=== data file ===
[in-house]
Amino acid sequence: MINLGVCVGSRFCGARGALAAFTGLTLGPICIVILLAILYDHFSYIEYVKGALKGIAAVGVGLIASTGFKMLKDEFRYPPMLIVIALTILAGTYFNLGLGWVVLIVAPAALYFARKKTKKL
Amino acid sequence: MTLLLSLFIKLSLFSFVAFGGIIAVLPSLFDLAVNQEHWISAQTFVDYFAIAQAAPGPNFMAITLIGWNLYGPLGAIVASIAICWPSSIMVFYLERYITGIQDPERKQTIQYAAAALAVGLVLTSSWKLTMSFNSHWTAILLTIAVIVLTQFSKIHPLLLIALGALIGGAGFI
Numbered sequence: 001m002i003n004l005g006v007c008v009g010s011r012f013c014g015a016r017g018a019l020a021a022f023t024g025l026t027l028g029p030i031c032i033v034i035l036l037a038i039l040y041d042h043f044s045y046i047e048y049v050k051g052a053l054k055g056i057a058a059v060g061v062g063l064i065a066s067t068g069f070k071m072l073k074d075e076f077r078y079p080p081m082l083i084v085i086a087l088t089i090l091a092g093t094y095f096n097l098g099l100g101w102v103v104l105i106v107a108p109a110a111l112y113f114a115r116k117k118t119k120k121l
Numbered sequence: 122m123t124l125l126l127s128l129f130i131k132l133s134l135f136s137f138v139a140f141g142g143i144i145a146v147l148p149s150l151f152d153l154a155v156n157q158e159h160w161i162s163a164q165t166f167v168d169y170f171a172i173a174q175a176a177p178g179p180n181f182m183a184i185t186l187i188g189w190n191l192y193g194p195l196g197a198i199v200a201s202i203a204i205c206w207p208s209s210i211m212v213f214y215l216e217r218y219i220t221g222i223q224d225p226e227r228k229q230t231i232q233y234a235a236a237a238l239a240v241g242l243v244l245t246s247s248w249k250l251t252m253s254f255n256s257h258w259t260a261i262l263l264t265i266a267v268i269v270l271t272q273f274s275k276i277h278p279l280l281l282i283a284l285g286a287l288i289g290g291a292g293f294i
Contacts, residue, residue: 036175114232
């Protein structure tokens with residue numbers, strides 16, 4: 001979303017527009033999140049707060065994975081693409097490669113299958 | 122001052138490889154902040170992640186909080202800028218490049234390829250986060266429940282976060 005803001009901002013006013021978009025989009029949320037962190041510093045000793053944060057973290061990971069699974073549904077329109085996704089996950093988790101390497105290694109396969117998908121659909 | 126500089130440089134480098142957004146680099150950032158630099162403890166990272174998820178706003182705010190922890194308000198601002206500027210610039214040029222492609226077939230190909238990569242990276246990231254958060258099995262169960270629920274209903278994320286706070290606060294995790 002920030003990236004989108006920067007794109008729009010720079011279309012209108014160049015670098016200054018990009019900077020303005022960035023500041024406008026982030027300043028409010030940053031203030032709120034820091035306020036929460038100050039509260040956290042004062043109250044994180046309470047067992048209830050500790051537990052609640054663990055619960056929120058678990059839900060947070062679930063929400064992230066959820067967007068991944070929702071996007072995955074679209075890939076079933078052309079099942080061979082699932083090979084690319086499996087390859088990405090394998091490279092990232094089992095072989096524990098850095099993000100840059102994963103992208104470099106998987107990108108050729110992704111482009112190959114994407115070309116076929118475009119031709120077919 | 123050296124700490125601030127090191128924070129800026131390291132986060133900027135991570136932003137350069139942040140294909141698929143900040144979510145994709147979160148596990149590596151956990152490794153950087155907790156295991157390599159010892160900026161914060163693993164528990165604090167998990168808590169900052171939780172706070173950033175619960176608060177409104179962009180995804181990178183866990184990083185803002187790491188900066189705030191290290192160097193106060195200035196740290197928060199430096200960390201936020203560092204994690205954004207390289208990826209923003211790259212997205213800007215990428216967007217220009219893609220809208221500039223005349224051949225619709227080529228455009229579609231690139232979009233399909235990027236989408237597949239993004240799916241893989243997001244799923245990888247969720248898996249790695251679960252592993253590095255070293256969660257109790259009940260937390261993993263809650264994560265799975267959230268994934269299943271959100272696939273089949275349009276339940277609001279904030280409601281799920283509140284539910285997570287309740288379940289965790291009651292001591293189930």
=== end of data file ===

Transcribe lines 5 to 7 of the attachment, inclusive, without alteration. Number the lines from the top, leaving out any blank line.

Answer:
Numbered sequence: 122m123t124l125l126l127s128l129f130i131k132l133s134l135f136s137f138v139a140f141g142g143i144i145a146v147l148p149s150l151f152d153l154a155v156n157q158e159h160w161i162s163a164q165t166f167v168d169y170f171a172i173a174q175a176a177p178g179p180n181f182m183a184i185t186l187i188g189w190n191l192y193g194p195l196g197a198i199v200a201s202i203a204i205c206w207p208s209s210i211m212v213f214y215l216e217r218y219i220t221g222i223q224d225p226e227r228k229q230t231i232q233y234a235a236a237a238l239a240v241g242l243v244l245t246s247s248w249k250l251t252m253s254f255n256s257h258w259t260a261i262l263l264t265i266a267v268i269v270l271t272q273f274s275k276i277h278p279l280l281l282i283a284l285g286a287l288i289g290g291a292g293f294i
Contacts, residue, residue: 036175114232
């Protein structure tokens with residue numbers, strides 16, 4: 001979303017527009033999140049707060065994975081693409097490669113299958 | 122001052138490889154902040170992640186909080202800028218490049234390829250986060266429940282976060 005803001009901002013006013021978009025989009029949320037962190041510093045000793053944060057973290061990971069699974073549904077329109085996704089996950093988790101390497105290694109396969117998908121659909 | 126500089130440089134480098142957004146680099150950032158630099162403890166990272174998820178706003182705010190922890194308000198601002206500027210610039214040029222492609226077939230190909238990569242990276246990231254958060258099995262169960270629920274209903278994320286706070290606060294995790 002920030003990236004989108006920067007794109008729009010720079011279309012209108014160049015670098016200054018990009019900077020303005022960035023500041024406008026982030027300043028409010030940053031203030032709120034820091035306020036929460038100050039509260040956290042004062043109250044994180046309470047067992048209830050500790051537990052609640054663990055619960056929120058678990059839900060947070062679930063929400064992230066959820067967007068991944070929702071996007072995955074679209075890939076079933078052309079099942080061979082699932083090979084690319086499996087390859088990405090394998091490279092990232094089992095072989096524990098850095099993000100840059102994963103992208104470099106998987107990108108050729110992704111482009112190959114994407115070309116076929118475009119031709120077919 | 123050296124700490125601030127090191128924070129800026131390291132986060133900027135991570136932003137350069139942040140294909141698929143900040144979510145994709147979160148596990149590596151956990152490794153950087155907790156295991157390599159010892160900026161914060163693993164528990165604090167998990168808590169900052171939780172706070173950033175619960176608060177409104179962009180995804181990178183866990184990083185803002187790491188900066189705030191290290192160097193106060195200035196740290197928060199430096200960390201936020203560092204994690205954004207390289208990826209923003211790259212997205213800007215990428216967007217220009219893609220809208221500039223005349224051949225619709227080529228455009229579609231690139232979009233399909235990027236989408237597949239993004240799916241893989243997001244799923245990888247969720248898996249790695251679960252592993253590095255070293256969660257109790259009940260937390261993993263809650264994560265799975267959230268994934269299943271959100272696939273089949275349009276339940277609001279904030280409601281799920283509140284539910285997570287309740288379940289965790291009651292001591293189930």